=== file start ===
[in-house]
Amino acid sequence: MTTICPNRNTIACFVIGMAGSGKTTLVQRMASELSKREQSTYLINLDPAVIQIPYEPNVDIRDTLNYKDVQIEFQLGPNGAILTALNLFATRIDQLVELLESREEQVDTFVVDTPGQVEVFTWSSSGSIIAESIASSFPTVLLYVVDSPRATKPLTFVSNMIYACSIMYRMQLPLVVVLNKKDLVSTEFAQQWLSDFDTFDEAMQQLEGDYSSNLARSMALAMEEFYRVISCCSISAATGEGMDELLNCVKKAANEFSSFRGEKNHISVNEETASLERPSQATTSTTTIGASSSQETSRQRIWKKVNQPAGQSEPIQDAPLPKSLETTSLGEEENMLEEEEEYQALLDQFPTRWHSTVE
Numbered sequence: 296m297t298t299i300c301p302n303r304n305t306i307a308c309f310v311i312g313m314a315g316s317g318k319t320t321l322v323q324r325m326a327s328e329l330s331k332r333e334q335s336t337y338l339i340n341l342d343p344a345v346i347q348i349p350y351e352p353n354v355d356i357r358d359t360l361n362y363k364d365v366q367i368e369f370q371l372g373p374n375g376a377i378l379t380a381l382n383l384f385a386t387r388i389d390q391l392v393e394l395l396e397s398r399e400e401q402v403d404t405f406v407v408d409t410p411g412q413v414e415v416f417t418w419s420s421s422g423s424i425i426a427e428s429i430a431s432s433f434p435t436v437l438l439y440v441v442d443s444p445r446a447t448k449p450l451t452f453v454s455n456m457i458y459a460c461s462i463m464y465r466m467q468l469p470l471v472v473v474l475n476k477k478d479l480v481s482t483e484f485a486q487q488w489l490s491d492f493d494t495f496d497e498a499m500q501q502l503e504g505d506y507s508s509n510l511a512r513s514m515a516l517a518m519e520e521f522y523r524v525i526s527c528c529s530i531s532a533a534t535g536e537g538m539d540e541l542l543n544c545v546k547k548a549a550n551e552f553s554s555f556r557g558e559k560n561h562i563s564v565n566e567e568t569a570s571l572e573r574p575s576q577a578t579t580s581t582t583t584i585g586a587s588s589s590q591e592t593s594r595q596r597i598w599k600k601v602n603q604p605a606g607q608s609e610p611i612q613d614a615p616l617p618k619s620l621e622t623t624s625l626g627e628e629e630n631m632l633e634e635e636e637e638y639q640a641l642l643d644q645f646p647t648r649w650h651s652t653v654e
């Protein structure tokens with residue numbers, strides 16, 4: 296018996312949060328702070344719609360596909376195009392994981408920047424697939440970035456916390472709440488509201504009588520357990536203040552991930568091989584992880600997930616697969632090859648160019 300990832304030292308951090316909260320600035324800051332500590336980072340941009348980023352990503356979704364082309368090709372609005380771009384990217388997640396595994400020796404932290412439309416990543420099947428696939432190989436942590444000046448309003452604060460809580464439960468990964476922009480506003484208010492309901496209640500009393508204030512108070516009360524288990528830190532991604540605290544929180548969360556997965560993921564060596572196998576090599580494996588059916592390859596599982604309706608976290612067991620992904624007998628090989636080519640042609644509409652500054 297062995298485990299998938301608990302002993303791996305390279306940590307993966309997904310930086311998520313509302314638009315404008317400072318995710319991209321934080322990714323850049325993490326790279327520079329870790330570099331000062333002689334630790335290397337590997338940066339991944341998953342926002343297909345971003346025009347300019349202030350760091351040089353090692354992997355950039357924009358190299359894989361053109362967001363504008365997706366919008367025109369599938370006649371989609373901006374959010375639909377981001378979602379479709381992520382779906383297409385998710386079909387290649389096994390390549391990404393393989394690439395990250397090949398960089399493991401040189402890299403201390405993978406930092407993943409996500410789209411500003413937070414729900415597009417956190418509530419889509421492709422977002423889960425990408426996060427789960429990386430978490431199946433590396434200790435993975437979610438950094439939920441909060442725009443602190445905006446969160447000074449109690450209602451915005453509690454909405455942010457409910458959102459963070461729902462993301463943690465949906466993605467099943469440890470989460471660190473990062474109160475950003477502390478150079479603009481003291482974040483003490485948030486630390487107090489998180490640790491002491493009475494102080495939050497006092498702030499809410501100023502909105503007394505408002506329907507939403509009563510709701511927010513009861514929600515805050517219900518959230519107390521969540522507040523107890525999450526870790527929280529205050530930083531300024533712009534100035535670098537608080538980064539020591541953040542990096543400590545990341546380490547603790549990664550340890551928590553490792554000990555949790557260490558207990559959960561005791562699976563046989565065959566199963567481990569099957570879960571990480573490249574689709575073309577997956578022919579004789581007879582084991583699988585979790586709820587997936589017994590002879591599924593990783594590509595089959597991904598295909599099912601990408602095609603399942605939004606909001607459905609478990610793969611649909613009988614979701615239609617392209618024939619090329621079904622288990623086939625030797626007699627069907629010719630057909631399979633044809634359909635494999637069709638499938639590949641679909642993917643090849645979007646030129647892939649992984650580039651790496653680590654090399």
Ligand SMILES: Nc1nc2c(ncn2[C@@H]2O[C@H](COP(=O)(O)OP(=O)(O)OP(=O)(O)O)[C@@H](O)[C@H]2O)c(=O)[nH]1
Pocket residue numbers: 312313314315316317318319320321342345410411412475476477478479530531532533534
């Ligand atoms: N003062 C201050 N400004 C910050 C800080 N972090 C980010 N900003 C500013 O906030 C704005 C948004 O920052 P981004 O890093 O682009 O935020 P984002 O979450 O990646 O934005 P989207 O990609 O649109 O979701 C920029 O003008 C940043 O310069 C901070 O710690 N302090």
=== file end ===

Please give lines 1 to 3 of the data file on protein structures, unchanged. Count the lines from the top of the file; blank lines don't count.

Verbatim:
[in-house]
Amino acid sequence: MTTICPNRNTIACFVIGMAGSGKTTLVQRMASELSKREQSTYLINLDPAVIQIPYEPNVDIRDTLNYKDVQIEFQLGPNGAILTALNLFATRIDQLVELLESREEQVDTFVVDTPGQVEVFTWSSSGSIIAESIASSFPTVLLYVVDSPRATKPLTFVSNMIYACSIMYRMQLPLVVVLNKKDLVSTEFAQQWLSDFDTFDEAMQQLEGDYSSNLARSMALAMEEFYRVISCCSISAATGEGMDELLNCVKKAANEFSSFRGEKNHISVNEETASLERPSQATTSTTTIGASSSQETSRQRIWKKVNQPAGQSEPIQDAPLPKSLETTSLGEEENMLEEEEEYQALLDQFPTRWHSTVE
Numbered sequence: 296m297t298t299i300c301p302n303r304n305t306i307a308c309f310v311i312g313m314a315g316s317g318k319t320t321l322v323q324r325m326a327s328e329l330s331k332r333e334q335s336t337y338l339i340n341l342d343p344a345v346i347q348i349p350y351e352p353n354v355d356i357r358d359t360l361n362y363k364d365v366q367i368e369f370q371l372g373p374n375g376a377i378l379t380a381l382n383l384f385a386t387r388i389d390q391l392v393e394l395l396e397s398r399e400e401q402v403d404t405f406v407v408d409t410p411g412q413v414e415v416f417t418w419s420s421s422g423s424i425i426a427e428s429i430a431s432s433f434p435t436v437l438l439y440v441v442d443s444p445r446a447t448k449p450l451t452f453v454s455n456m457i458y459a460c461s462i463m464y465r466m467q468l469p470l471v472v473v474l475n476k477k478d479l480v481s482t483e484f485a486q487q488w489l490s491d492f493d494t495f496d497e498a499m500q501q502l503e504g505d506y507s508s509n510l511a512r513s514m515a516l517a518m519e520e521f522y523r524v525i526s527c528c529s530i531s532a533a534t535g536e537g538m539d540e541l542l543n544c545v546k547k548a549a550n551e552f553s554s555f556r557g558e559k560n561h562i563s564v565n566e567e568t569a570s571l572e573r574p575s576q577a578t579t580s581t582t583t584i585g586a587s588s589s590q591e592t593s594r595q596r597i598w599k600k601v602n603q604p605a606g607q608s609e610p611i612q613d614a615p616l617p618k619s620l621e622t623t624s625l626g627e628e629e630n631m632l633e634e635e636e637e638y639q640a641l642l643d644q645f646p647t648r649w650h651s652t653v654e